This small, elegant glasshouse is another of Kew’s classic listed buildings.
Located opposite the northern entrance of the Palm House, this square glazed structure encloses a circular pond spanning 36 feet. It was completed in 1852 specifically to showcase the giant Amazon waterlily (now called Victoria amazonica), which had first been encountered by European botanists in South America at the beginning of the 19th century.
With ironwork by Richard Turner who had built the Palm House in the preceding decade, the Waterlily House was at the time the widest single-span glasshouse in the world.
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Although other waterlilies and lotus thrived in the new house, its intended inhabitant fared less well. Within six years the V. amazonica was dwelling elsewhere and the Waterlily House became a tropical habitat displaying red, white and blue waterlilies, ferns, papyrus and hanging gourds.
When Joseph Hooker became Director of Kew in 1865 he replanted the glasshouse to showcase plants of medicinal and culinary value. It was not converted to its original use until 1991. Today it is Kew’s hottest and most humid environment, housing a wide range of tropical ornamental aquatic plants and climbers.
Conservation and restoration
The Waterlily House suffered extensive damage during wartime. In 1965 its roof glazing pattern and ventilators were altered and in 1991 its alloy glazing bars were replaced with stainless steel ones.
Things to look out for
In the summer a giant Victoria cruziana waterlily blooms. European botanists first encountered this plant, together with V. amazonica, in Bolivia in 1801. Both plants were subsequently named after Queen Victoria. The huge leaves of V. cruziana have protruding ribs on the underside which trap air and so provide buoyancy. The flowers that only last for 48 hours are large and fragrant. They start out white then darken to pink and purple before sinking beneath the surface of the water.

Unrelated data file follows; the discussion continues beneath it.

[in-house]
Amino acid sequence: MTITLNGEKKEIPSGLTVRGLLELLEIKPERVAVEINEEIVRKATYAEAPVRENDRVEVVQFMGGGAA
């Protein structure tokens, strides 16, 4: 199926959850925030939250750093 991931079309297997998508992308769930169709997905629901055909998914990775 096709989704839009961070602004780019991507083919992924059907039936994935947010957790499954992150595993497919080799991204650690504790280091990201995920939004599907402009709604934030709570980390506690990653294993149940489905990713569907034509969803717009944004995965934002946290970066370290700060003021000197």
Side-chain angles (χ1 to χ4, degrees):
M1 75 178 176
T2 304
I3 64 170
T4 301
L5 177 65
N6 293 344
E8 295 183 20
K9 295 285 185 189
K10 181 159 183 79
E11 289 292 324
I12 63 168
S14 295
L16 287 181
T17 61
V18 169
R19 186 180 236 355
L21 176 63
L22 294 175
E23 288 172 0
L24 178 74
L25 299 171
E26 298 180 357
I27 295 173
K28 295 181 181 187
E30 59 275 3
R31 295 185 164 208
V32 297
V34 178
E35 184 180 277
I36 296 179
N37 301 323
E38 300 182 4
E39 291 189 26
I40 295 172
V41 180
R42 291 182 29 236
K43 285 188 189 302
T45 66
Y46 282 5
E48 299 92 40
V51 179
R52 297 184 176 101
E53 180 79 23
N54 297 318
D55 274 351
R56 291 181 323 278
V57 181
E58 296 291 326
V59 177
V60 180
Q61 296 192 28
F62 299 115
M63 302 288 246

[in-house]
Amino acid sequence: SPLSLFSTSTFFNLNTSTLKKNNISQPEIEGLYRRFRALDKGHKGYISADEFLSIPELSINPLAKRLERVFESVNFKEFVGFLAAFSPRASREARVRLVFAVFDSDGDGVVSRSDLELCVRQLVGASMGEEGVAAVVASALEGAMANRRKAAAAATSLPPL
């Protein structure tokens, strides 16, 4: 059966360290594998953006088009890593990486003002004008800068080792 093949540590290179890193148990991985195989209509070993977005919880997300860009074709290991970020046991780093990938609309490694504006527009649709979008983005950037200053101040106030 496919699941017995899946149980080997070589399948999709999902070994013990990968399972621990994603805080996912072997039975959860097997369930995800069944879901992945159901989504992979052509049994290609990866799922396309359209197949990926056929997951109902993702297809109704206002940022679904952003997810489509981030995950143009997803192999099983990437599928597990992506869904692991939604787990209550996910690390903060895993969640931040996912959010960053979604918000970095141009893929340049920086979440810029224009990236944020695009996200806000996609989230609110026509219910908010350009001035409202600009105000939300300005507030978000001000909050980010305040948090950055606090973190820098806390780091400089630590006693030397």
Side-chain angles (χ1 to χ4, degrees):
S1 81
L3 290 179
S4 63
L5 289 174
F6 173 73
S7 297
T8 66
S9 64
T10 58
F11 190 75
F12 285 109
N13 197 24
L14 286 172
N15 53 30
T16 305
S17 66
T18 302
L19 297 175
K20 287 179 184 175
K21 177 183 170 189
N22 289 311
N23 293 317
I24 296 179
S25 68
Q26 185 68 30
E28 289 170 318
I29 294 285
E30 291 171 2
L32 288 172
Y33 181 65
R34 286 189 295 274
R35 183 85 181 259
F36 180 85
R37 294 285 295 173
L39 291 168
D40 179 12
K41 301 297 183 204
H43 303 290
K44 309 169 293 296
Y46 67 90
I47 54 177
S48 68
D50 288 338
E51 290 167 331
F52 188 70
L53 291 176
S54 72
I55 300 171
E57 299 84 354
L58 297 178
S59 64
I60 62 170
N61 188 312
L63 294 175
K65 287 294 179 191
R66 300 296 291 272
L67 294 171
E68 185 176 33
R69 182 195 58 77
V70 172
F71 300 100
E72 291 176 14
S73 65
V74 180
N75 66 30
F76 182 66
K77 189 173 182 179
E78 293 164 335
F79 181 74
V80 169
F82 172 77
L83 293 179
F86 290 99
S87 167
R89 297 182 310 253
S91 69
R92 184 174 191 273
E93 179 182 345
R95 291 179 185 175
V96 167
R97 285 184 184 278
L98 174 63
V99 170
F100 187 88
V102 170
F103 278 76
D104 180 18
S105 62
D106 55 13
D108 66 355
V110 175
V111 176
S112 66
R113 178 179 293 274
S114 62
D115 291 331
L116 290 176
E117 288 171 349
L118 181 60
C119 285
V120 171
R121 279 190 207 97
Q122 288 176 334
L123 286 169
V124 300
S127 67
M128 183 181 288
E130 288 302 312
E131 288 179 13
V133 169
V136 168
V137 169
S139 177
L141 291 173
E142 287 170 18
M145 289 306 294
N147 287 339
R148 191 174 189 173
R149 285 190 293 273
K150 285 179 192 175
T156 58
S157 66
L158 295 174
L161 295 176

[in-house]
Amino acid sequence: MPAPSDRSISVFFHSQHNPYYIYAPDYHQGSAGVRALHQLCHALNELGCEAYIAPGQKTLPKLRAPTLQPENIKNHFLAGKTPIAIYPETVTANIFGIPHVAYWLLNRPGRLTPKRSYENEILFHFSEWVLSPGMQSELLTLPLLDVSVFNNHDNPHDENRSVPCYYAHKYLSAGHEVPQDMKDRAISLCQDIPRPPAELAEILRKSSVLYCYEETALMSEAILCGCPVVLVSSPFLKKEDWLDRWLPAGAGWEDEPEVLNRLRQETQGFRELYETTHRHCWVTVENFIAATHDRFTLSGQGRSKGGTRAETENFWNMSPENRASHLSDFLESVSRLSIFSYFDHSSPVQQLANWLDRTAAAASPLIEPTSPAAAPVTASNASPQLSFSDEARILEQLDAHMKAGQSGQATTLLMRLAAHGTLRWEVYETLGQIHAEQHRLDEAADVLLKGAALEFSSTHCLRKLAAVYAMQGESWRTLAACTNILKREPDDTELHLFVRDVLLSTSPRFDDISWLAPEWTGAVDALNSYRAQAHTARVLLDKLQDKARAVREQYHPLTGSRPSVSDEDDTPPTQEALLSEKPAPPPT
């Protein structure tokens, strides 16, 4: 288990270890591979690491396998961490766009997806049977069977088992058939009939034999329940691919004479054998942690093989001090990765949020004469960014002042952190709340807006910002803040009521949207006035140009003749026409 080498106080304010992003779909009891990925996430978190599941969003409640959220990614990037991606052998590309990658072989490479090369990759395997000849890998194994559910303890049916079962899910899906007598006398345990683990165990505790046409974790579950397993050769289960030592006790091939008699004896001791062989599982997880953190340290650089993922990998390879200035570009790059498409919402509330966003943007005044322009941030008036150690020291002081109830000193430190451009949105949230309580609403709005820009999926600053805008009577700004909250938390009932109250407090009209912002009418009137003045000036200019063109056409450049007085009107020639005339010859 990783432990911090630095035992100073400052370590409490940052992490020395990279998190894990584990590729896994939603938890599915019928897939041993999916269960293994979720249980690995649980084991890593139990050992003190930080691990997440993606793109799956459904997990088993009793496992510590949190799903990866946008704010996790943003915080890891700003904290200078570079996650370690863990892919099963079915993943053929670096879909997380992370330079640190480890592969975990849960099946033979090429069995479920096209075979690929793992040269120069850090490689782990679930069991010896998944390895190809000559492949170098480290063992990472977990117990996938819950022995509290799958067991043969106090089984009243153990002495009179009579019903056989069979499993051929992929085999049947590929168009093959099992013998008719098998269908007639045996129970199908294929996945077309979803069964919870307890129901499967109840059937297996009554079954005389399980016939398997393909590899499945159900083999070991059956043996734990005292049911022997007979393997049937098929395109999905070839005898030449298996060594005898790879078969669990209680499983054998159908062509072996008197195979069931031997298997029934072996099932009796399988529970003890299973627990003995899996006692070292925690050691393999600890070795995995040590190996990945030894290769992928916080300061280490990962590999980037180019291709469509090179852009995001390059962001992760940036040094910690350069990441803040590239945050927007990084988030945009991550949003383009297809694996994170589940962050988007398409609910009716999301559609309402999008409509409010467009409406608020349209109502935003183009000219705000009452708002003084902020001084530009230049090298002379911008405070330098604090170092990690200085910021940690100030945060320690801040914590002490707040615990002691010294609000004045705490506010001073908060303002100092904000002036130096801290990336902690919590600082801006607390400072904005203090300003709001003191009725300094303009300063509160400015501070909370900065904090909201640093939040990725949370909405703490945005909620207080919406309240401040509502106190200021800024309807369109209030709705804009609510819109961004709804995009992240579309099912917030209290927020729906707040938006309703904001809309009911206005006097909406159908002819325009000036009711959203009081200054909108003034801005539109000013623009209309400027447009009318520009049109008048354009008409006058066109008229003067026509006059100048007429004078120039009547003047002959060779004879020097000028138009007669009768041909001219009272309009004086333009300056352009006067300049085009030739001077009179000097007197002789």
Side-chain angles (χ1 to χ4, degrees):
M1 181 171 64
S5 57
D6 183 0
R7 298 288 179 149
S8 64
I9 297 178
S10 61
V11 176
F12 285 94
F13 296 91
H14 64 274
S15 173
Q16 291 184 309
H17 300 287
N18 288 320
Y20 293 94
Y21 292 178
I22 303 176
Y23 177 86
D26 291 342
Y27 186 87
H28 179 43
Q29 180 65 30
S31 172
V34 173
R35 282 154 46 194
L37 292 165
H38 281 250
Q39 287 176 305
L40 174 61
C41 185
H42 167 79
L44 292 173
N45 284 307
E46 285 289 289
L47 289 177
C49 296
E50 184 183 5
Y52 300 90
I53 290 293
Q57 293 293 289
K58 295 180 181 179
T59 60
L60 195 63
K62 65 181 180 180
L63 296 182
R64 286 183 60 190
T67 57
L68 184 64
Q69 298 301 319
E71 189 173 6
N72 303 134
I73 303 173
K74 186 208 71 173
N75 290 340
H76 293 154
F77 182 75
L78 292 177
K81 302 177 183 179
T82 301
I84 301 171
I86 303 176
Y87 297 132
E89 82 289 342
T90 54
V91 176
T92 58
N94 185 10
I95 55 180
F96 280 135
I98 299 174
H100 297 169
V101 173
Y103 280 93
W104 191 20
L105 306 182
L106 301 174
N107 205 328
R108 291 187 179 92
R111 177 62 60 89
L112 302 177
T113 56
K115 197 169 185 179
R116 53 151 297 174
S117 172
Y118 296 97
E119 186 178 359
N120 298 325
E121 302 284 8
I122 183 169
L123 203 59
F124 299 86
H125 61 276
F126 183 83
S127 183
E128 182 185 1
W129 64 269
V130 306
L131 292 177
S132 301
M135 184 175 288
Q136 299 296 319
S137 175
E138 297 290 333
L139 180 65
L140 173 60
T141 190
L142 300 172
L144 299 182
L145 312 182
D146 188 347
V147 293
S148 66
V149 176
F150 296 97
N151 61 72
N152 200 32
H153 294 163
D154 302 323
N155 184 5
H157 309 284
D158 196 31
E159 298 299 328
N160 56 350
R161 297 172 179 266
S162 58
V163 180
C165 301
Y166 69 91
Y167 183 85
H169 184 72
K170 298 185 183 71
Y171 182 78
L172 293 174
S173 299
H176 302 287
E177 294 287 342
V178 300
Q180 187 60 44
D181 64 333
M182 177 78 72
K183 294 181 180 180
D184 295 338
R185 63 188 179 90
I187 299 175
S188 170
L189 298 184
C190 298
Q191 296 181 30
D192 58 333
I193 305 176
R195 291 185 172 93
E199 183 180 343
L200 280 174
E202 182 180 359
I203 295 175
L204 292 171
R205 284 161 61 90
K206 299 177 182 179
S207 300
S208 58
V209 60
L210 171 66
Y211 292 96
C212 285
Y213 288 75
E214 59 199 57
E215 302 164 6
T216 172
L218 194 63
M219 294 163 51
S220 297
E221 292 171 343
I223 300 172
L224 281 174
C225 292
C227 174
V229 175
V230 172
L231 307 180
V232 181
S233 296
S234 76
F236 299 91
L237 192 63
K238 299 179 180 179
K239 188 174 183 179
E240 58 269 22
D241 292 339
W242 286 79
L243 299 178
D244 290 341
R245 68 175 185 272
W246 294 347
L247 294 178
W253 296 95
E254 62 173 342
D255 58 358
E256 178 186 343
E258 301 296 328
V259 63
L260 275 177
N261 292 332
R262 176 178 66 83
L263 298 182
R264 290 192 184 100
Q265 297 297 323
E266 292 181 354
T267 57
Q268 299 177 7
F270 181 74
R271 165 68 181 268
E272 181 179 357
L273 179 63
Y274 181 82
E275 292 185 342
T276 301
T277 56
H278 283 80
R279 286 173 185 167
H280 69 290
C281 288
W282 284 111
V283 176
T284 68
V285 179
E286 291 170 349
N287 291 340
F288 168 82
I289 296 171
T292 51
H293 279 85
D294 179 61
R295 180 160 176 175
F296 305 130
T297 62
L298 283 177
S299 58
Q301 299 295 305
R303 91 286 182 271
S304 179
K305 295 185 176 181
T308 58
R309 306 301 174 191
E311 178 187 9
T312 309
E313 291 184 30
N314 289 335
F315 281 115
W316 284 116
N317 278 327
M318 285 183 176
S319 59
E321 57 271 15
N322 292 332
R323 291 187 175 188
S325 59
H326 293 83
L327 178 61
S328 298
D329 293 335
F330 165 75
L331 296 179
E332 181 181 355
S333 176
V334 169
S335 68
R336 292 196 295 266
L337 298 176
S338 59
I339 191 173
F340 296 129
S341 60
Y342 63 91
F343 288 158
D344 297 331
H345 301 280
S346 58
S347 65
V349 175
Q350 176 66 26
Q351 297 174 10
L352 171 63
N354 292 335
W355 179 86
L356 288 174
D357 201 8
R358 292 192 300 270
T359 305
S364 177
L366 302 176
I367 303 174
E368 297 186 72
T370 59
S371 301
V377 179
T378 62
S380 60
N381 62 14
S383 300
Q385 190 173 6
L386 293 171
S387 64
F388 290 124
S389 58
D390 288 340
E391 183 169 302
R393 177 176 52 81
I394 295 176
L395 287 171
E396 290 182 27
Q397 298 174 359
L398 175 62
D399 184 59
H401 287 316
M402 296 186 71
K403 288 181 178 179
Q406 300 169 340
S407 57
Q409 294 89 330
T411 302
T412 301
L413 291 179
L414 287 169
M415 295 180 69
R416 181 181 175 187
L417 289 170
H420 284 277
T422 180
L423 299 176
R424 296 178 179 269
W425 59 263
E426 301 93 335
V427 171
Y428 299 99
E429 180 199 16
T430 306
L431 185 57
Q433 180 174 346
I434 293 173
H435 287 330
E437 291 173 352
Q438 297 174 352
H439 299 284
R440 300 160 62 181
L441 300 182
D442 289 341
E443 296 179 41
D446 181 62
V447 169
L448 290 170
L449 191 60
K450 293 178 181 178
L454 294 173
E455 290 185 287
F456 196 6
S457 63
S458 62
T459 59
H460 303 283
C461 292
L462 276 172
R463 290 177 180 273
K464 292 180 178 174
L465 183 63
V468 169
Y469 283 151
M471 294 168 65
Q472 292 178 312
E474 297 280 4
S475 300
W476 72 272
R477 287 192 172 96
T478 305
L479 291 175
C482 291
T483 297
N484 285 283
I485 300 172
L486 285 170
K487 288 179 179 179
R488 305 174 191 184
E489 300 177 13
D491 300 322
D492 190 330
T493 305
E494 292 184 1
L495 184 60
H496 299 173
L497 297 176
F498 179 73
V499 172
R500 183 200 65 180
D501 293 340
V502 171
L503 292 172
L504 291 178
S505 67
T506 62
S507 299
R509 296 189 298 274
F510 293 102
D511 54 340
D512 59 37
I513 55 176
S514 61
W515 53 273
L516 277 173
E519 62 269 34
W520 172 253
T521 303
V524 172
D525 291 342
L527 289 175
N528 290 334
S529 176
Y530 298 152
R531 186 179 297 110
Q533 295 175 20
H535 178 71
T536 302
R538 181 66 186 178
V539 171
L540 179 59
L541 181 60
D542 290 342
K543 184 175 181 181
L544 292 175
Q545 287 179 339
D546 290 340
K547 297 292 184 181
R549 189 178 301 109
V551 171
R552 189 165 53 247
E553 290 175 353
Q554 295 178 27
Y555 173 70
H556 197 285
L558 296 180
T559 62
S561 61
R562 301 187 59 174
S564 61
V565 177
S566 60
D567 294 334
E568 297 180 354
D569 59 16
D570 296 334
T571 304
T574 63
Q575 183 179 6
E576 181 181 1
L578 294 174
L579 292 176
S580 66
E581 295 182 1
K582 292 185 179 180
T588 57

Look carefully at the structure of the leaves of Victoria amazonica. One of several V. amazonica plants germinated at Kew in the mid-19th century was sent to architect Joseph Paxton and the structure of the waterlily’s leaf is said to have inspired his design for the Crystal Palace which housed the Great Exhibition of 1851.
Gourds at Kew
The Waterlily House is also home to a collection of gourds. These climbing plants are members of the Cucurbitaceae family, along with cucumbers, melons and marrows. The species grown depend on the seed available.
Some recent exhibits include the wax gourd (Benincasa hispida) and the spiny-fruited hedgehog gourd (Cucumis metuliferous). The former has a layer covering its mature fruits that is used in Asia to make candles. Its fruits are also often cooked to make vegetable curry. The latter has reddish fruits filled with seeds in a jelly-like pulp. It is grown commercially in New Zealand and marketed as ‘Kiwiano’, following the success of the kiwi fruit.
Gourds were one of the earliest fruits to be domesticated by humans. They have been used for centuries to make cups and bowls, musical instruments and bird-houses. In Neolithic times gourd skins were used to replace missing portions of skulls during surgery. Kew has many items made from gourds in its Economic Botany Collection.